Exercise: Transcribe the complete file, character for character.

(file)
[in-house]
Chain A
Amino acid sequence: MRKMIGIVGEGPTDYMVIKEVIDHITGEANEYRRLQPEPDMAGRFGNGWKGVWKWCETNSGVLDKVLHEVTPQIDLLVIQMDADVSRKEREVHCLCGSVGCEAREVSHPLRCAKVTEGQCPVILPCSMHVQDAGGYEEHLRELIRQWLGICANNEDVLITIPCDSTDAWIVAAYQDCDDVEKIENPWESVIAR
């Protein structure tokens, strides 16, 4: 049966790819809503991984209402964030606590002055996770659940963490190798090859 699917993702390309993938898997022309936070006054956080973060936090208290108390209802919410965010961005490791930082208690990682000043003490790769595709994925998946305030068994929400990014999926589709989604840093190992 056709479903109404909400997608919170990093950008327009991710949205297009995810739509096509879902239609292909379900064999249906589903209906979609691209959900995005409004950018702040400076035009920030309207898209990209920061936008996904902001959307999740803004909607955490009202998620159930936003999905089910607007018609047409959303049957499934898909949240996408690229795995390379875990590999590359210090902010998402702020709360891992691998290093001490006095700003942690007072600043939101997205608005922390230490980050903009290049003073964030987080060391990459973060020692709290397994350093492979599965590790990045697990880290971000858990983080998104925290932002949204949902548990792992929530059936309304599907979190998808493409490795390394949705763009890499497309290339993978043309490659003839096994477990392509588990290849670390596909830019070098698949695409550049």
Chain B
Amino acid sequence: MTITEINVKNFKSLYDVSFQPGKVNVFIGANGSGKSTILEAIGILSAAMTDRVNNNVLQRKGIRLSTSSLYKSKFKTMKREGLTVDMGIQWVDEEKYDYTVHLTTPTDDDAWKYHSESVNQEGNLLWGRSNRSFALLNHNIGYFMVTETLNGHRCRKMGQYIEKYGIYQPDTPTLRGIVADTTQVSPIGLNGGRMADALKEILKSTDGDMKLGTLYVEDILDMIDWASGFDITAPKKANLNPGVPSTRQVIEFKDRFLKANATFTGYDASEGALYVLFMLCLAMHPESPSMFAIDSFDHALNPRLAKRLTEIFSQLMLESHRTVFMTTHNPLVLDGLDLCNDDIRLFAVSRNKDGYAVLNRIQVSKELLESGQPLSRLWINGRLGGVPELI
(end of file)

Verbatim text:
[in-house]
Chain A
Amino acid sequence: MRKMIGIVGEGPTDYMVIKEVIDHITGEANEYRRLQPEPDMAGRFGNGWKGVWKWCETNSGVLDKVLHEVTPQIDLLVIQMDADVSRKEREVHCLCGSVGCEAREVSHPLRCAKVTEGQCPVILPCSMHVQDAGGYEEHLRELIRQWLGICANNEDVLITIPCDSTDAWIVAAYQDCDDVEKIENPWESVIAR
């Protein structure tokens, strides 16, 4: 049966790819809503991984209402964030606590002055996770659940963490190798090859 699917993702390309993938898997022309936070006054956080973060936090208290108390209802919410965010961005490791930082208690990682000043003490790769595709994925998946305030068994929400990014999926589709989604840093190992 056709479903109404909400997608919170990093950008327009991710949205297009995810739509096509879902239609292909379900064999249906589903209906979609691209959900995005409004950018702040400076035009920030309207898209990209920061936008996904902001959307999740803004909607955490009202998620159930936003999905089910607007018609047409959303049957499934898909949240996408690229795995390379875990590999590359210090902010998402702020709360891992691998290093001490006095700003942690007072600043939101997205608005922390230490980050903009290049003073964030987080060391990459973060020692709290397994350093492979599965590790990045697990880290971000858990983080998104925290932002949204949902548990792992929530059936309304599907979190998808493409490795390394949705763009890499497309290339993978043309490659003839096994477990392509588990290849670390596909830019070098698949695409550049």
Chain B
Amino acid sequence: MTITEINVKNFKSLYDVSFQPGKVNVFIGANGSGKSTILEAIGILSAAMTDRVNNNVLQRKGIRLSTSSLYKSKFKTMKREGLTVDMGIQWVDEEKYDYTVHLTTPTDDDAWKYHSESVNQEGNLLWGRSNRSFALLNHNIGYFMVTETLNGHRCRKMGQYIEKYGIYQPDTPTLRGIVADTTQVSPIGLNGGRMADALKEILKSTDGDMKLGTLYVEDILDMIDWASGFDITAPKKANLNPGVPSTRQVIEFKDRFLKANATFTGYDASEGALYVLFMLCLAMHPESPSMFAIDSFDHALNPRLAKRLTEIFSQLMLESHRTVFMTTHNPLVLDGLDLCNDDIRLFAVSRNKDGYAVLNRIQVSKELLESGQPLSRLWINGRLGGVPELI